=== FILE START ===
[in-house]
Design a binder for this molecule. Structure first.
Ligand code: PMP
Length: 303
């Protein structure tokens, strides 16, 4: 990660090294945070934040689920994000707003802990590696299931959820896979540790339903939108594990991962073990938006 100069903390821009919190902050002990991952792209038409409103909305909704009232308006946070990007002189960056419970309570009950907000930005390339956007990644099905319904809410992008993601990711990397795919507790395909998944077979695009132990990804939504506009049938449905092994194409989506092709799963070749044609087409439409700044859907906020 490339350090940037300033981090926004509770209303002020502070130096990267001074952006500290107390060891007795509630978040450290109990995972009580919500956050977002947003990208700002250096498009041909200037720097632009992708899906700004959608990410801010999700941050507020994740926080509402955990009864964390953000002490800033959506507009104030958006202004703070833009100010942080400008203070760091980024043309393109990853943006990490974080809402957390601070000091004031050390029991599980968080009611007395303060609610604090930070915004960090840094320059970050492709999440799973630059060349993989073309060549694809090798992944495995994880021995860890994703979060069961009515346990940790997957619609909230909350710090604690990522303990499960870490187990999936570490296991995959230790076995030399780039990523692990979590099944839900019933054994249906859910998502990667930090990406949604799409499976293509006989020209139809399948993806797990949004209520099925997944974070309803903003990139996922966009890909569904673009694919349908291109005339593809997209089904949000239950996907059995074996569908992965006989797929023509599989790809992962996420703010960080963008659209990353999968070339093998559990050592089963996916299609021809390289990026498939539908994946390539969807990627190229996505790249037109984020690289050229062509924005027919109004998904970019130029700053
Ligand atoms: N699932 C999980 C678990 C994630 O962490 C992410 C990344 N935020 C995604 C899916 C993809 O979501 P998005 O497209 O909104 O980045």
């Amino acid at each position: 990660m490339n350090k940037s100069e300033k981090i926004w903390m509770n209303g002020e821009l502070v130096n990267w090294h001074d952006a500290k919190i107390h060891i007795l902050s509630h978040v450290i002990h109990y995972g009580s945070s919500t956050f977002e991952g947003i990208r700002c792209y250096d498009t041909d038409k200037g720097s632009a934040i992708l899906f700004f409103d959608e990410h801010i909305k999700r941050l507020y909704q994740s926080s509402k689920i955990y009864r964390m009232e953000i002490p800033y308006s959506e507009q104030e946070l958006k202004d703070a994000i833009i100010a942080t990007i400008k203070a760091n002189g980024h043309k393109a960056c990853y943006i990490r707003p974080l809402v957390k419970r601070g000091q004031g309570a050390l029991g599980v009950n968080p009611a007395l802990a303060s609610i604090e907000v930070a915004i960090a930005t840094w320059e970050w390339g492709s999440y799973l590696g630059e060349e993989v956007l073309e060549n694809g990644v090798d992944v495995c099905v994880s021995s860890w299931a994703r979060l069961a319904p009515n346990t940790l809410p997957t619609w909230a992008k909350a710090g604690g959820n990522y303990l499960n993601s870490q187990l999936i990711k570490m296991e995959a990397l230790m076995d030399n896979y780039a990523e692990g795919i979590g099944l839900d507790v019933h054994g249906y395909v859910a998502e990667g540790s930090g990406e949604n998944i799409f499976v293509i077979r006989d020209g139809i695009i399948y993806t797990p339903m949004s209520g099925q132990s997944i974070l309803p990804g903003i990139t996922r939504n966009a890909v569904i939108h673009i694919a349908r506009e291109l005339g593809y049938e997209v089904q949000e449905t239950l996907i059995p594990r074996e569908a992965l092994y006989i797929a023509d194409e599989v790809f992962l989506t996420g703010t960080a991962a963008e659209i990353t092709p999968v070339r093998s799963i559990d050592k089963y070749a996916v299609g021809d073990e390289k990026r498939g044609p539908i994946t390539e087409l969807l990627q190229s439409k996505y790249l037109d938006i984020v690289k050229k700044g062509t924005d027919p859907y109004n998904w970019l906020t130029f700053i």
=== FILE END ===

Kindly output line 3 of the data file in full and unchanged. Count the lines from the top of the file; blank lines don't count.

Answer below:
Ligand code: PMP